The way I live my life now is very different from a year ago. Granted, I was in the midst of recovering from my depression but I was healthier. 2-3 months after I felt like "me" again is when I thought could this tiredness and pain be something more than the aftermath of depression. I continued to be monitored for what felt like an entirety (well, it has been over a year, so no wonder I was losing my marbles slightly) until I finally spoke up for myself instead of agreeing to another type of medication and then blood tests to follow. The diagnosis process is a long-winded story for another blog post (but if something feels wrong, trust your gut!!). I was getting better by leaps and bounds mentally yet psychically I was deteriorating.
The fatigue was the first noticeable symptom that got intense very quickly. I went from being an insomniac surviving on 4 hours of sleep to sleeping 12 hours a night plus 3-4 hours during the day. There were (still are) days where I would get home from work and pass out at 7 till the next morning before even eating dinner. Then the aches and pains became more present. Migraines, constant tingling/numbness in my hands, muscle pain, weakness, nerve pain in my back and legs, sensitivity to brightness and loud noises, burning sensation on my skin and a 100 other things. At some point my stubbornness subsided and I realised none of those things were normal. But for me, they are my new normal.
Physically I don't think I've really let on to anyone how rough it has been to live with a chronic illness. On my worst days it can feel much worse than my depression. I felt hope with depression even if it was just a shred it helped me fight but being physically ill is a completely different battle. I am a positive person (for the most part - I'm sure some people would say I moan about being sick a lot but it's within my right to do so!!) and I try my best to stay upbeat but it is extremely difficult. There's a fight behind closed doors that none of my family or friends see me fight, even my mum probably doesn't see the worst of it all.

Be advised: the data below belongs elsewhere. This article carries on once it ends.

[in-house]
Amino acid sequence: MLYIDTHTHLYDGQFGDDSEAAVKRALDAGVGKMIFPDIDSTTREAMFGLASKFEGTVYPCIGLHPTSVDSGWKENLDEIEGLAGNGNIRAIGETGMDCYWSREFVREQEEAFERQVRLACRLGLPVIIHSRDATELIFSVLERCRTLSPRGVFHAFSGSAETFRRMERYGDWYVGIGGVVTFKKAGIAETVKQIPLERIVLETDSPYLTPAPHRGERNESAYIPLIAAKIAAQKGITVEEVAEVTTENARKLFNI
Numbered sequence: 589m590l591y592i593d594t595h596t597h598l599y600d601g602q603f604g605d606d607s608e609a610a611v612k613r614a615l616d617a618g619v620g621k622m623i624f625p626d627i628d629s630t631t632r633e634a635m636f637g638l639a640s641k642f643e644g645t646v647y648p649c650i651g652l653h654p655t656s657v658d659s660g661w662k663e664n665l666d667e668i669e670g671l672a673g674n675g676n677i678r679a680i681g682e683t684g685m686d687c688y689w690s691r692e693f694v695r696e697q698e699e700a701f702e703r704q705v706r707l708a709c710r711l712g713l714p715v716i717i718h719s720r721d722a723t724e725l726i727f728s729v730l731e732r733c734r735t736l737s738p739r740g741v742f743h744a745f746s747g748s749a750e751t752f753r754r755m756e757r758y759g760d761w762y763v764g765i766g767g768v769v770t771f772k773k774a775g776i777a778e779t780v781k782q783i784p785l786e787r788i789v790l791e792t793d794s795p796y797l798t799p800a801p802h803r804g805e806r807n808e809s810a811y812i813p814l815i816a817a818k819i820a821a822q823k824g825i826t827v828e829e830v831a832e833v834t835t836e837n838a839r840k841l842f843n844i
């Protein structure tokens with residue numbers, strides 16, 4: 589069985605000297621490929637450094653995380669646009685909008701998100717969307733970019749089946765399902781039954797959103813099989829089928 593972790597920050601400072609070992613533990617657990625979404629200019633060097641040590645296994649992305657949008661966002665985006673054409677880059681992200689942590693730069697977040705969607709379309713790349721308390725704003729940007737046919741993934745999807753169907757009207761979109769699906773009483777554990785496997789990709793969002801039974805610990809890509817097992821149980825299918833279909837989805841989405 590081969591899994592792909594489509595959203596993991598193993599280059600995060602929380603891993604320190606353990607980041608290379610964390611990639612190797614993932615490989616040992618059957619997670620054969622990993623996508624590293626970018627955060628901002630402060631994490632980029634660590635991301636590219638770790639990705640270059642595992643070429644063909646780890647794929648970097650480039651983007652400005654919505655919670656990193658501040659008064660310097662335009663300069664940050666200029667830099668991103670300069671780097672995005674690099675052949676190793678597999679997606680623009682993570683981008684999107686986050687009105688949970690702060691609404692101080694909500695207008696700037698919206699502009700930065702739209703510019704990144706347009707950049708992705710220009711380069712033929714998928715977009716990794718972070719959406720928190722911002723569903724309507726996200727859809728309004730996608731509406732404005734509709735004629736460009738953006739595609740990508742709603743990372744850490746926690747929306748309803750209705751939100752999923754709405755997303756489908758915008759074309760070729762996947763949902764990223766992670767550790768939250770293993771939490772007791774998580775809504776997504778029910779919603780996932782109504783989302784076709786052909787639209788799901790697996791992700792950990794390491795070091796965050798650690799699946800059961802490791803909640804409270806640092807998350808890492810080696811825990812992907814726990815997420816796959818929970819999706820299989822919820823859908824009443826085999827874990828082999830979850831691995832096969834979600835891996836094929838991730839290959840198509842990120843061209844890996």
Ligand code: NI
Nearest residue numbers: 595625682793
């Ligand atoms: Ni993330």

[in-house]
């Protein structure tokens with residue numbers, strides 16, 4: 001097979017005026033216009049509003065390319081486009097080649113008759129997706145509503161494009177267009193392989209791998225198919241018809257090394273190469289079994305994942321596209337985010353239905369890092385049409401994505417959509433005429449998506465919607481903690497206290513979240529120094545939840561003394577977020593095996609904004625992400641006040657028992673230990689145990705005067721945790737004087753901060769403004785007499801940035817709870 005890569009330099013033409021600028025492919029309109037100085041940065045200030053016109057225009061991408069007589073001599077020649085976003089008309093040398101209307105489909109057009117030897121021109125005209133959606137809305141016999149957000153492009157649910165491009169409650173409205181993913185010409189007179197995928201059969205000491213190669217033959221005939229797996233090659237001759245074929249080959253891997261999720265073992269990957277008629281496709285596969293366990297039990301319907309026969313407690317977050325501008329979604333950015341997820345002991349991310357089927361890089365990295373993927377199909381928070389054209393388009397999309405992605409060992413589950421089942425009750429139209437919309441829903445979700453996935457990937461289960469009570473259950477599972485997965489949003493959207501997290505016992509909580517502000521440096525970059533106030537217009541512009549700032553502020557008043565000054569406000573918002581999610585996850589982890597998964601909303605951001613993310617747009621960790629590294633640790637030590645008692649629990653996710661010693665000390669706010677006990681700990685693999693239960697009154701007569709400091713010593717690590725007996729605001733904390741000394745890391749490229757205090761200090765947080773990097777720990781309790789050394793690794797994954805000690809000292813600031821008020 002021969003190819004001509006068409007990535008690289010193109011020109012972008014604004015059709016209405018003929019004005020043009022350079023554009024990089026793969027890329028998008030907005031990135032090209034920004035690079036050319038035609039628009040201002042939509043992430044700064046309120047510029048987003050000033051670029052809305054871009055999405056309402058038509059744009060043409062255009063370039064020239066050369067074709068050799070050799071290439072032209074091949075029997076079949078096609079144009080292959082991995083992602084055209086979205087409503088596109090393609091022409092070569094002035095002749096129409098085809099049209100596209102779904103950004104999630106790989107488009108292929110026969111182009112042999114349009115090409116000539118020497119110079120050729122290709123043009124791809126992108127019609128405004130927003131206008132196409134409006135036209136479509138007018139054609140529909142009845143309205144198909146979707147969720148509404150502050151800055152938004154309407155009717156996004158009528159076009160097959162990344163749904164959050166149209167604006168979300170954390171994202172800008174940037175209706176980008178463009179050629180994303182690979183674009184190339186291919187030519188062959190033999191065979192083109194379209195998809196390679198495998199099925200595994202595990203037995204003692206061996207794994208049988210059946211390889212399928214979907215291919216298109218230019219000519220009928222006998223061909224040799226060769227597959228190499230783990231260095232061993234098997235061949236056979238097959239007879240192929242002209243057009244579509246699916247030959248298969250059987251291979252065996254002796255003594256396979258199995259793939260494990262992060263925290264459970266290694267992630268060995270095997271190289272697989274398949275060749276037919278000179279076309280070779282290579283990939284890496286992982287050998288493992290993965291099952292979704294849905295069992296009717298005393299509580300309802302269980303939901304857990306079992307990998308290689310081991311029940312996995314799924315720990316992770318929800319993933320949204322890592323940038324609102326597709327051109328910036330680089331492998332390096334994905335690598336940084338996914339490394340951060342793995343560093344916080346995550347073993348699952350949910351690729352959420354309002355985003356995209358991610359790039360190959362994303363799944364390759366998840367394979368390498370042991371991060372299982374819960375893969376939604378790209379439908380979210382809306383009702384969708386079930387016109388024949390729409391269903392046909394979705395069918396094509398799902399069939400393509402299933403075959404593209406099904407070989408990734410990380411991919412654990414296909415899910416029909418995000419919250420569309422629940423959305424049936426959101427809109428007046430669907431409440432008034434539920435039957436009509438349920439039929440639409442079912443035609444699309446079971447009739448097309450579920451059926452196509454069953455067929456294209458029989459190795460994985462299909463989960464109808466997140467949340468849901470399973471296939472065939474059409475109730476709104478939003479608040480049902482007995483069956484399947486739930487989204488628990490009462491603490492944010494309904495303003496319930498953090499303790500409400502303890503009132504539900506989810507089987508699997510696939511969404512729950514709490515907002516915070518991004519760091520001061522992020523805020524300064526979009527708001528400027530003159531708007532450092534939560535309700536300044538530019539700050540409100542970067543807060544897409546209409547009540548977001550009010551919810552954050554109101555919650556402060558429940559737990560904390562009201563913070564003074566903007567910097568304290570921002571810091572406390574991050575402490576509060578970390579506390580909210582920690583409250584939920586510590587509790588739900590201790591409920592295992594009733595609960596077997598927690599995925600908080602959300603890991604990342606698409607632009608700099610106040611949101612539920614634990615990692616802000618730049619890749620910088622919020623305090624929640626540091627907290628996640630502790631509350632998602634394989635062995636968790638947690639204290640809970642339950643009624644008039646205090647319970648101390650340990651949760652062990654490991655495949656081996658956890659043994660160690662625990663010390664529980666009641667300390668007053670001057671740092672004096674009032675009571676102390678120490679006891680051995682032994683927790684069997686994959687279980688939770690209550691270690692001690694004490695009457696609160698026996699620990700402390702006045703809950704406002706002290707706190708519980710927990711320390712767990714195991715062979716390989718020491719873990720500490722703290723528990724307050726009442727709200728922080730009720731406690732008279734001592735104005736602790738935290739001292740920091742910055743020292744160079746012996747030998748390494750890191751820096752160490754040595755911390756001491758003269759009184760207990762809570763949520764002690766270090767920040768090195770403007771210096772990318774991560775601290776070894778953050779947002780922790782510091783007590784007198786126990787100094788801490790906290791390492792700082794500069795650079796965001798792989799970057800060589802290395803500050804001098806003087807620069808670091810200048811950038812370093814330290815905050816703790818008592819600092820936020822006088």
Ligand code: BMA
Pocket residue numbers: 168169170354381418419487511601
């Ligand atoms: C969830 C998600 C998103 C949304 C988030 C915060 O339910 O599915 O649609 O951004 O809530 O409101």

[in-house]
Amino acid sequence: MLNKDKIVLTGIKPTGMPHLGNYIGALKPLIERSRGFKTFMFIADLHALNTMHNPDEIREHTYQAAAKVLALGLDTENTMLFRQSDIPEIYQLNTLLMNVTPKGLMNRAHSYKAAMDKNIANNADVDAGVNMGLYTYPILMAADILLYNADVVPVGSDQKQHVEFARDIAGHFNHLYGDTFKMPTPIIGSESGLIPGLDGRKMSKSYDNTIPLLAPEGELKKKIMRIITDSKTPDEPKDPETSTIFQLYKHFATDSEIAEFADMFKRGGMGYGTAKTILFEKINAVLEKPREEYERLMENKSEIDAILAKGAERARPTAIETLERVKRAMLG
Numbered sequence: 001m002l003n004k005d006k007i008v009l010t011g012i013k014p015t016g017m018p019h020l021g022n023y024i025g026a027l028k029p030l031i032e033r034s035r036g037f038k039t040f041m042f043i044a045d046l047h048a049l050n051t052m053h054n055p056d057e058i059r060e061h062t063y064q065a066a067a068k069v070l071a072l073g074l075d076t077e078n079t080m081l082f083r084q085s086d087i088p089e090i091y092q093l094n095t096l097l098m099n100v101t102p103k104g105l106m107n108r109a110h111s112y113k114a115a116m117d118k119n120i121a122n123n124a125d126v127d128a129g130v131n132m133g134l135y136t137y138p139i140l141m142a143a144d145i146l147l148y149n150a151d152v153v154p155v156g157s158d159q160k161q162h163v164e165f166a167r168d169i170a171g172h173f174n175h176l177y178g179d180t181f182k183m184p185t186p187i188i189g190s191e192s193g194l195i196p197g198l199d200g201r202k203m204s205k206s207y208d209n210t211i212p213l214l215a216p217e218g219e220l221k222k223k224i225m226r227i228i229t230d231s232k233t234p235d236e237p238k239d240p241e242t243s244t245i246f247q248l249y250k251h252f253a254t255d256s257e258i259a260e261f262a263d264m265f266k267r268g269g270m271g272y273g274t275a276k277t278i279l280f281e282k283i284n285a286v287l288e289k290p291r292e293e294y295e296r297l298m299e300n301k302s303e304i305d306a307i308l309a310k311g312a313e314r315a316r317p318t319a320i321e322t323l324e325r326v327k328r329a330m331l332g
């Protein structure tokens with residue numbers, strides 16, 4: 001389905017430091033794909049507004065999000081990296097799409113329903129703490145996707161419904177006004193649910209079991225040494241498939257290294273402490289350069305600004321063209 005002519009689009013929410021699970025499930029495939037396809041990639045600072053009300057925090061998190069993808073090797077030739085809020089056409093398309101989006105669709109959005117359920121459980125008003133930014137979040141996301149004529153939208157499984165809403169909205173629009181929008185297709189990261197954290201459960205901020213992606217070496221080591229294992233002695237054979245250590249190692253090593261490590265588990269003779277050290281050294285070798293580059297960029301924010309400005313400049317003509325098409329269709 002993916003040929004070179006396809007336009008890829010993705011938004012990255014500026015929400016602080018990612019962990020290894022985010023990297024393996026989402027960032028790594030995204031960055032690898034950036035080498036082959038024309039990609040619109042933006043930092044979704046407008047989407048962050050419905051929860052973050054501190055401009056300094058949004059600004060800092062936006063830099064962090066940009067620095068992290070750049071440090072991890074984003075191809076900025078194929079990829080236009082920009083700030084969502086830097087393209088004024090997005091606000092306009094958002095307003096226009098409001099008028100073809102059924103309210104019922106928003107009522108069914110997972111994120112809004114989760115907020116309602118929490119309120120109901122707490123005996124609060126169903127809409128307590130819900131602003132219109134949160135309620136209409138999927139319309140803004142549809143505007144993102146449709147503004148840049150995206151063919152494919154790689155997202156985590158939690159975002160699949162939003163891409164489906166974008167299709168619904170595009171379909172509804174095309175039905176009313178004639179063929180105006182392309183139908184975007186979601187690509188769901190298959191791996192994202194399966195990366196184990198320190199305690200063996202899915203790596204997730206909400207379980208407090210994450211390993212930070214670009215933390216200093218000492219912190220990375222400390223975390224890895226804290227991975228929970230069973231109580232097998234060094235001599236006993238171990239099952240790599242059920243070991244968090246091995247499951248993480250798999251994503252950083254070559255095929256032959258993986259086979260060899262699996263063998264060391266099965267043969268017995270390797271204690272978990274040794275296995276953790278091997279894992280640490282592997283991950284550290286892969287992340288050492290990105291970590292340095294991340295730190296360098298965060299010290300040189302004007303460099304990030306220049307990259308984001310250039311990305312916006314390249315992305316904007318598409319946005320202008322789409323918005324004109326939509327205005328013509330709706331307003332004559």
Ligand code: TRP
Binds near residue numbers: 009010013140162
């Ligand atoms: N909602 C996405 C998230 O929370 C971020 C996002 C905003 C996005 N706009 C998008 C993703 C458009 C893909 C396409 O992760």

It's having to crawl up the stairs because my legs can't manage on their own. It's my hands going numb unable to do anything and dropping things - constantly. It's forgetting things mid-sentence and my memory being the same as a goldfish's (fibro fog is the worst!!!). It's having to nap after a shower because I'm so psychically tired from washing my hair. It's having to lie in a pitch black room in dead silence when a migraine hits me. It's putting sunglasses on in the shops because the light is way too bright. It's feeling like someone is holding a curling iron to my back when the burning sensation hits. It's all my muscles and bones feeling weak, sometimes too weak to bend down or pick something up. It's chest pain that knocks the breathe out of me (I did get this checked out the first time and it's related to my fibro - but please get chest pain checked out!!). It's not being able to sit or lie still for a long time without my whole body feeling stiff.
It is, quite honestly, hell on earth a lot of the time. But every now and then I'll get a pain free hour and thank my lucky stars. I think those of us with chronic pain are so incredibly good at hiding it that when we get a quiet moment, we realise how much pain we're actually in. If this is teaching me anything it's to be gentle with myself, to be kind and to listen to my body. There's a lot going on in there and my brain is slowly learning to remind me to take care of myself. I know I can be unrelenting in my complaining at times but more often than not the pain is so often overwhelming that I need to let it out. My friends, you are little gems for listening to me and letting me do what I need to do right now (and of course my mamma!). This is just the beginning of my fibro story and I plan on complaining some more and bringing awareness to an invisible illness.